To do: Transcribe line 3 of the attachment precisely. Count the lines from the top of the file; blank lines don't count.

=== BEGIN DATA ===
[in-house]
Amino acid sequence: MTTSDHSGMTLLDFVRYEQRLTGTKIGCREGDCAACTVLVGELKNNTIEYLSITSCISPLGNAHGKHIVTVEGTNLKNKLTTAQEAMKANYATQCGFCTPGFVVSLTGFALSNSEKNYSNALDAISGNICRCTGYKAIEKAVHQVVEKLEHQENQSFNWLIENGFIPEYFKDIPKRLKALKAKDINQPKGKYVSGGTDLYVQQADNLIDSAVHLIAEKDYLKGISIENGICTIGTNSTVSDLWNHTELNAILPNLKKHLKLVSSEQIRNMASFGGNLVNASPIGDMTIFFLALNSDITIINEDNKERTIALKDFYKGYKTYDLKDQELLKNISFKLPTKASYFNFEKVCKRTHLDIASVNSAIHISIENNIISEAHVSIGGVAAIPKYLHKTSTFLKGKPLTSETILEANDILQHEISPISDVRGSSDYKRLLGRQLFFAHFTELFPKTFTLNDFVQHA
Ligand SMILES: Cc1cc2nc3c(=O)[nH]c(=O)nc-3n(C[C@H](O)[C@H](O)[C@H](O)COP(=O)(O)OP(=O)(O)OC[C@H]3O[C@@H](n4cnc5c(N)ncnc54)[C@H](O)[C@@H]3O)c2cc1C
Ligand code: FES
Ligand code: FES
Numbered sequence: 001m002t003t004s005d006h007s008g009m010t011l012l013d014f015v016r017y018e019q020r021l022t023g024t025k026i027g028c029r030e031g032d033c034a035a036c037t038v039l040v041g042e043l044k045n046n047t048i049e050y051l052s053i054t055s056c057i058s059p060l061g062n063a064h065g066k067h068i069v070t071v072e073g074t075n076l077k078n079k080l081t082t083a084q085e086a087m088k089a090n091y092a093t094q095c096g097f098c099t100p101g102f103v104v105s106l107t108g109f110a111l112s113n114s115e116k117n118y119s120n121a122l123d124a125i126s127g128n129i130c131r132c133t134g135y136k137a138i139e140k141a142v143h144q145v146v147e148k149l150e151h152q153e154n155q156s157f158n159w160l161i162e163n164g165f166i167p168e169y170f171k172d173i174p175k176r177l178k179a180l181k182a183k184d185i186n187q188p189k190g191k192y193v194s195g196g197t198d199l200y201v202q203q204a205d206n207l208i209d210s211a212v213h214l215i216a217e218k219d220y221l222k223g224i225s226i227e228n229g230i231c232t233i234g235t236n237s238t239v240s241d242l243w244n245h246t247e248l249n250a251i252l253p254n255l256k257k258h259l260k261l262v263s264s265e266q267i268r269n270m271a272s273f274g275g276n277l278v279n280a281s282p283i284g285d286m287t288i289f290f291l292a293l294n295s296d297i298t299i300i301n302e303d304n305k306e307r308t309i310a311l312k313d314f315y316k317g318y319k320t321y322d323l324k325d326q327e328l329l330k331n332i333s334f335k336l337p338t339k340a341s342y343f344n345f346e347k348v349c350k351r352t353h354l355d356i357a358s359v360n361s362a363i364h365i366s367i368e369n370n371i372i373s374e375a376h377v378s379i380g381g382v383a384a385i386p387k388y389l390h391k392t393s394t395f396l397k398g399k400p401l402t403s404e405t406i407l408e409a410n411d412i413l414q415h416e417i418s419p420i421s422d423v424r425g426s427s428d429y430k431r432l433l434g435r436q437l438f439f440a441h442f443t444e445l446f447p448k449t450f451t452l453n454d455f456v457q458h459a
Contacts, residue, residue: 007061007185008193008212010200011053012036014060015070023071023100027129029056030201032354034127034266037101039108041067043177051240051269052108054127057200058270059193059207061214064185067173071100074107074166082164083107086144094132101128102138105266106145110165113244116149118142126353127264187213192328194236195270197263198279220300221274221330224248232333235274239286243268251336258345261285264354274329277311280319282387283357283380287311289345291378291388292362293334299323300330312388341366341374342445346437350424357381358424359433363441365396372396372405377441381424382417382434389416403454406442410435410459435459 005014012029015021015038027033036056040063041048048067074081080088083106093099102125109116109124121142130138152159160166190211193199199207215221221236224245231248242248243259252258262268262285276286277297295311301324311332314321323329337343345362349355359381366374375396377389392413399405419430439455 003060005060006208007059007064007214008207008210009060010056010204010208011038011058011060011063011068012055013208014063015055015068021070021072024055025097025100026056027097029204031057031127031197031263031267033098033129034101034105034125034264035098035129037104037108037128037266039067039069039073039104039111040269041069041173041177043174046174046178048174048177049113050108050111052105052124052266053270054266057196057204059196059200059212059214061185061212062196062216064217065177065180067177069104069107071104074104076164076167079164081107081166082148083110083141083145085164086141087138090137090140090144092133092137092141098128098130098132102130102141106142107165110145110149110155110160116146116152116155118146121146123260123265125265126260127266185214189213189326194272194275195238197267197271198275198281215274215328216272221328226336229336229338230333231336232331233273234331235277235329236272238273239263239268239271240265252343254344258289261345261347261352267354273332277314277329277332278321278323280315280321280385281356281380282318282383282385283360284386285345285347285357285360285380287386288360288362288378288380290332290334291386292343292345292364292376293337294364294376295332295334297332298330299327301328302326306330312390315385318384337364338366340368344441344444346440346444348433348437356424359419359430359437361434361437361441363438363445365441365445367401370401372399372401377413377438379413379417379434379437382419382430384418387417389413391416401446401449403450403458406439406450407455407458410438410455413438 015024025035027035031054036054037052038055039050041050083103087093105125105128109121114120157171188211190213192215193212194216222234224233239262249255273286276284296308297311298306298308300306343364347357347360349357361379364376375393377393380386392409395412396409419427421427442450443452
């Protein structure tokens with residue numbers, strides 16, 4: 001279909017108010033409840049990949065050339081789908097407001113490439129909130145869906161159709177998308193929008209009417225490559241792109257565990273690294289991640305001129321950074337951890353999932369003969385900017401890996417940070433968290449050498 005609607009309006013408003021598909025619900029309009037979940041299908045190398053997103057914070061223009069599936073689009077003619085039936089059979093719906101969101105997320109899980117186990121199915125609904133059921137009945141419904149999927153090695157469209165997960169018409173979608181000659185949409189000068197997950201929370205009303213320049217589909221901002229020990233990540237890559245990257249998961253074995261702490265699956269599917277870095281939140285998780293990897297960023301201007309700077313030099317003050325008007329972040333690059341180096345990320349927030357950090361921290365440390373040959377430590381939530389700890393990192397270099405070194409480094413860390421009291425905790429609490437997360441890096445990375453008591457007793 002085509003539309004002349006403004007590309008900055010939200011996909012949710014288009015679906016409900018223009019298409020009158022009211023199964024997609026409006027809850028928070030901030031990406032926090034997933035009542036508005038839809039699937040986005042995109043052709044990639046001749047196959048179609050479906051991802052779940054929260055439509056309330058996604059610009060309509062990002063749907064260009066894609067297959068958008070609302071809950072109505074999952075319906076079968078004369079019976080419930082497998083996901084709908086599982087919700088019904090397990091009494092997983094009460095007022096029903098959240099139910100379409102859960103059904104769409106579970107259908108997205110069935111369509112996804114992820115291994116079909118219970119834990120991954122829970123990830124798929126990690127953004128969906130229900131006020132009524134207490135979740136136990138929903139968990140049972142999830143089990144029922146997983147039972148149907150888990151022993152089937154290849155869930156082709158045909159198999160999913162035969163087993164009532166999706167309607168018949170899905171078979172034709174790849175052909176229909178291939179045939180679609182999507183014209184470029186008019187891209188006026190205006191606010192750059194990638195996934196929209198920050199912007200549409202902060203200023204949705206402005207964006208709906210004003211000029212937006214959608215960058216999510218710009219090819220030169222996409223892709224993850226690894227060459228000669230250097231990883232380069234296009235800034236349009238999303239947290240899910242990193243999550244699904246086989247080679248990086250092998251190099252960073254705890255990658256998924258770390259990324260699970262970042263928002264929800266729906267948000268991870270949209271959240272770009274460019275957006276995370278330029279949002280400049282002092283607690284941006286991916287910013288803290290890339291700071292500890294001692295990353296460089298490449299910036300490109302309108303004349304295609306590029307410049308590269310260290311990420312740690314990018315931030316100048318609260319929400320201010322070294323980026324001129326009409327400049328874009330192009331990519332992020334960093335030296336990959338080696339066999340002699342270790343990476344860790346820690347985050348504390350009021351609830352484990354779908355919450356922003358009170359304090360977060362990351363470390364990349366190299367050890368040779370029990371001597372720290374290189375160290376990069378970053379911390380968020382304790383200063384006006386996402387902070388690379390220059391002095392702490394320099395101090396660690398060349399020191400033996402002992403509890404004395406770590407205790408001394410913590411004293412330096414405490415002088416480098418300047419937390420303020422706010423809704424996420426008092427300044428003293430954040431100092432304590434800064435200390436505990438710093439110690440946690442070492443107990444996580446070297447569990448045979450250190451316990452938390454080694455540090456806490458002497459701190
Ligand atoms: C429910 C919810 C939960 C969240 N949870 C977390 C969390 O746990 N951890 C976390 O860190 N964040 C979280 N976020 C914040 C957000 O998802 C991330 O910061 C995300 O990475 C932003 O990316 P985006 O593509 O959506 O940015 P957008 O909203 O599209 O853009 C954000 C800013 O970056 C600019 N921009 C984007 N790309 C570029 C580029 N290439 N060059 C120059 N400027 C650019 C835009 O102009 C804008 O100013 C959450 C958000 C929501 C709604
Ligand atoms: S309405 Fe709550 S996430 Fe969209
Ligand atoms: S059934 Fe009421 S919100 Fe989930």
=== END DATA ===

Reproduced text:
Ligand SMILES: Cc1cc2nc3c(=O)[nH]c(=O)nc-3n(C[C@H](O)[C@H](O)[C@H](O)COP(=O)(O)OP(=O)(O)OC[C@H]3O[C@@H](n4cnc5c(N)ncnc54)[C@H](O)[C@@H]3O)c2cc1C